Maybe if I’d grown up recording my life in the virtual world I’d be more willing to let the hard copy calendar go. For now, though, I have it on my phone, computer, on the wall on a whiteboard and in my planner. I don’t know if that’s because I’m getting older and am afraid of being forgetful, or if I just enjoy planning.
As for planning a novel, I find myself using both Kanbanflow, WriteWay software and a 3-D notebook for storing ideas, outlines, characterizations and research. I found a really awesome little notebook that I wish, oh wish, they’d make in a 2″ binder. In this I keep all sorts of notes, such as my Pixar graphic organizers, character charts, names, research and more. I like being able to reach for the notebook instead of having to figure out where I stored the info online or on my laptop. And while WriteWay has given me a great tool for storing research and ideas, too, I still like having that back-up of a 3-D notebook.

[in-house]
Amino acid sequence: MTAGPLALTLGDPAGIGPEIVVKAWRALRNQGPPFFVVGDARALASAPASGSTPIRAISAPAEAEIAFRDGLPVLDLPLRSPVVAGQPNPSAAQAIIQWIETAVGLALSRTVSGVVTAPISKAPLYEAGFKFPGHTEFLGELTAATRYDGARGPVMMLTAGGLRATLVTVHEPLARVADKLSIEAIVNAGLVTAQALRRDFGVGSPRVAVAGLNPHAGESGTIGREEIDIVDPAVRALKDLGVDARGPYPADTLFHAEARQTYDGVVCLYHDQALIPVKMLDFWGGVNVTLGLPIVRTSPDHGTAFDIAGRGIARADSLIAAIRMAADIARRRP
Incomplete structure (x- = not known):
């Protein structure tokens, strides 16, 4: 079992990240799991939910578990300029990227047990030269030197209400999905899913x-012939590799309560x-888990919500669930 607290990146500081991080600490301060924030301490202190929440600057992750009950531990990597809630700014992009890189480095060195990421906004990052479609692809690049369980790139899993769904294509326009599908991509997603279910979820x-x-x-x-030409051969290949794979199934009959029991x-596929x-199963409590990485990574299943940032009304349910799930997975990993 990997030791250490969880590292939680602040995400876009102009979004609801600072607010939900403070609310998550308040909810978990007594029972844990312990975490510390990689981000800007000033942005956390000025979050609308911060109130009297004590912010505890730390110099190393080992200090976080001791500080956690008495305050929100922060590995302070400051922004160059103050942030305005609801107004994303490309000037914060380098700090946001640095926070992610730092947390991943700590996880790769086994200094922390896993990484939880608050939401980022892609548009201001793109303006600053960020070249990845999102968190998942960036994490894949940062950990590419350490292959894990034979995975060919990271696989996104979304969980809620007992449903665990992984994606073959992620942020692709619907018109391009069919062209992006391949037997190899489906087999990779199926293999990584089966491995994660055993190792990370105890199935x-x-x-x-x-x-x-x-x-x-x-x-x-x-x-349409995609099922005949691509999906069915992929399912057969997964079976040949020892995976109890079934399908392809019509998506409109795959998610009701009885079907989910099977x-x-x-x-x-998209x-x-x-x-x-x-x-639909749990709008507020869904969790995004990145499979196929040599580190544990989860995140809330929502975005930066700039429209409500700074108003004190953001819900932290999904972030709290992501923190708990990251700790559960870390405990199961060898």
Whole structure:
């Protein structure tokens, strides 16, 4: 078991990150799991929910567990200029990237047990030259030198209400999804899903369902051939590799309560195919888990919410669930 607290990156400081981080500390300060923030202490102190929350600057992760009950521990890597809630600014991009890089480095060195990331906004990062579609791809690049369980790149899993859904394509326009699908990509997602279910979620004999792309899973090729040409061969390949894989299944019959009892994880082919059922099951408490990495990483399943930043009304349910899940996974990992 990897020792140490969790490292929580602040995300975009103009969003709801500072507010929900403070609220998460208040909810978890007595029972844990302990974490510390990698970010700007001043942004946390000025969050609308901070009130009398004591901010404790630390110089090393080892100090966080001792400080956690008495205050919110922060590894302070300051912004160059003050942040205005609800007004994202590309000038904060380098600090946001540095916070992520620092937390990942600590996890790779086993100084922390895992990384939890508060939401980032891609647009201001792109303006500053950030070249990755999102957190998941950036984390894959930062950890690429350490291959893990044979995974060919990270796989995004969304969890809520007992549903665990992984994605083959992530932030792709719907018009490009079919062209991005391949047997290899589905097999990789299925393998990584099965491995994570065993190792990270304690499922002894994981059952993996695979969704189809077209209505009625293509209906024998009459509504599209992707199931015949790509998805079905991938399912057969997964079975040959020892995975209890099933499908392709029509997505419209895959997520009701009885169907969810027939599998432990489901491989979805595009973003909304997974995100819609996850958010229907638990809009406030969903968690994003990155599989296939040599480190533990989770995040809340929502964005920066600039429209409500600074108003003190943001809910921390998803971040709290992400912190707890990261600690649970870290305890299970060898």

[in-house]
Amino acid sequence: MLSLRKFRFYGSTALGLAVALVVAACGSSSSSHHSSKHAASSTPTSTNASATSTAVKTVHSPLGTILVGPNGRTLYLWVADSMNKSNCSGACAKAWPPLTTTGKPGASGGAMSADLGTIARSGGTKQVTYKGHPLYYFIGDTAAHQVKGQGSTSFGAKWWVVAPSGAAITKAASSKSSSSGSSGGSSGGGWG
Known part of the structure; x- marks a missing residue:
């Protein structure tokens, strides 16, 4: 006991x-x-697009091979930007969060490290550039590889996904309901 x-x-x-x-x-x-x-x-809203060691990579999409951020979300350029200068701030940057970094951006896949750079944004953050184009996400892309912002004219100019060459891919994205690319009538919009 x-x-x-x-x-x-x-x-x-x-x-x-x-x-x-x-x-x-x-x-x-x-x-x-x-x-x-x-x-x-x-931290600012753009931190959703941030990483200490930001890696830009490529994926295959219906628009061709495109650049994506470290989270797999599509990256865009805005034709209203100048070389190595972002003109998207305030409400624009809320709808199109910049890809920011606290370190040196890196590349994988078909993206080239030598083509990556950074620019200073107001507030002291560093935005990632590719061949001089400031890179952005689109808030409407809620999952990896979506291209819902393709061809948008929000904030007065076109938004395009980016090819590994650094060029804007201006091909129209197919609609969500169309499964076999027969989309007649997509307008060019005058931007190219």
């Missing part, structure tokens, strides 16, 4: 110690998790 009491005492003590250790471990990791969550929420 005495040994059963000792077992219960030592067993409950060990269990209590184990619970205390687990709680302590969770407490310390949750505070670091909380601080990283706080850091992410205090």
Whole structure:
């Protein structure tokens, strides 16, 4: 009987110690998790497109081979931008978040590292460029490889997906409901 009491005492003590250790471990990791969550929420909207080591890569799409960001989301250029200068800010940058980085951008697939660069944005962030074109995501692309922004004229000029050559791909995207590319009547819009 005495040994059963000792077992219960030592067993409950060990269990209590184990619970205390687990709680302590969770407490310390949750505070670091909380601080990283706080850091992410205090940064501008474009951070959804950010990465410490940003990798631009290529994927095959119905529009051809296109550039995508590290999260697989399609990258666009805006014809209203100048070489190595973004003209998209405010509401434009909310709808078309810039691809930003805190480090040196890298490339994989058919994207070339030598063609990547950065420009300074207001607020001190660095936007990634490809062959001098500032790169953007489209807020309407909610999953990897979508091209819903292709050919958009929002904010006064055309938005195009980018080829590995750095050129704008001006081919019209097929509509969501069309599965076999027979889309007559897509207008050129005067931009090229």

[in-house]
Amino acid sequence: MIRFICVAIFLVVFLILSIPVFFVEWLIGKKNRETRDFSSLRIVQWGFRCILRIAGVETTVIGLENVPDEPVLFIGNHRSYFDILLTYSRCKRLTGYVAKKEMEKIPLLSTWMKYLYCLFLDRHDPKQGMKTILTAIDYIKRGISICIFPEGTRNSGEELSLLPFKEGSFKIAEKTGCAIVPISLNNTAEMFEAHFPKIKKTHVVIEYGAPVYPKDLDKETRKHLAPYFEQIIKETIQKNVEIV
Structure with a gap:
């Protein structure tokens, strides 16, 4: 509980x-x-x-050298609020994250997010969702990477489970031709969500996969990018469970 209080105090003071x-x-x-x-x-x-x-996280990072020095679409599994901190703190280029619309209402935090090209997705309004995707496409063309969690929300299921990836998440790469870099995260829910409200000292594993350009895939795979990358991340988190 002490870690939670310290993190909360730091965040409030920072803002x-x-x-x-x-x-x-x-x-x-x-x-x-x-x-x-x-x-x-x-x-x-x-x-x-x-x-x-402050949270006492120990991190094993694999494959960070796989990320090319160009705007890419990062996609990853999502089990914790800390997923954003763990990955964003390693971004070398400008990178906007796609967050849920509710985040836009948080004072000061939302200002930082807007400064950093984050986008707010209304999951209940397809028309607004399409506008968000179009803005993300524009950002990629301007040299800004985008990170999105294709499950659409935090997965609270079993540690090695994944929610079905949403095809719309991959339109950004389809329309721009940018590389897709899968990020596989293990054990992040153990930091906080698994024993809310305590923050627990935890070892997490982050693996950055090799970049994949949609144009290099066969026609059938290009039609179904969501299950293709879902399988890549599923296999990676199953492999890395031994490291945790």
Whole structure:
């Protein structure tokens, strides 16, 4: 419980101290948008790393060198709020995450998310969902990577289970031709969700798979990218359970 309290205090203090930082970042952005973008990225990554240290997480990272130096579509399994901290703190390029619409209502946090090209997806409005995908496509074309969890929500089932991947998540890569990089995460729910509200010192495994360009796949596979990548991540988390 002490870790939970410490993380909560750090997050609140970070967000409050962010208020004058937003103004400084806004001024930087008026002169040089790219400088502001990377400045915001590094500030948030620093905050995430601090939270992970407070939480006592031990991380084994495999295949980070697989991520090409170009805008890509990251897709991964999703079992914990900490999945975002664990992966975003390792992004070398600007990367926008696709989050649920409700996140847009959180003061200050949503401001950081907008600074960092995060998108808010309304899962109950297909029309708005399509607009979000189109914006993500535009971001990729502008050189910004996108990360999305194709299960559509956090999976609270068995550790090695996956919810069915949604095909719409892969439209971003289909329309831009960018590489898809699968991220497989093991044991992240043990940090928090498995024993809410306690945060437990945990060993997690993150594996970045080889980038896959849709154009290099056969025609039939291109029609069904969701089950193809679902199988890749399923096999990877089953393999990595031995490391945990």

For now, both 3-D and virtual/digital planning works for me. I know I’m probably working at it a little harder than the next person because I use redundant methods. But it makes me feel safer somehow. Plus, I’m an extremely visual person. Not being able to physically see my resources makes me sort of anxious. Am I the only one?
How about you? Are you more a virtual or 3-D consumer/planner/writer? Weigh in!
Dear Friends and Family:
(Note: This letter is not in any way a reference to my darling Mr. Himself!)
There have been some rumbles lately about the time I spend writing. To help us all get on the same page about this wordsmith-ing gig I’m into, I thought I’d write this letter to set a few things straight.
Few people understand the sacrifices a writer makes other than other writers. Especially writers with full-time jobs outside of writing. The perception most of the public has of people who write books, is that their work is easy and effortless. Authors sit down and *POOF* out pops a book.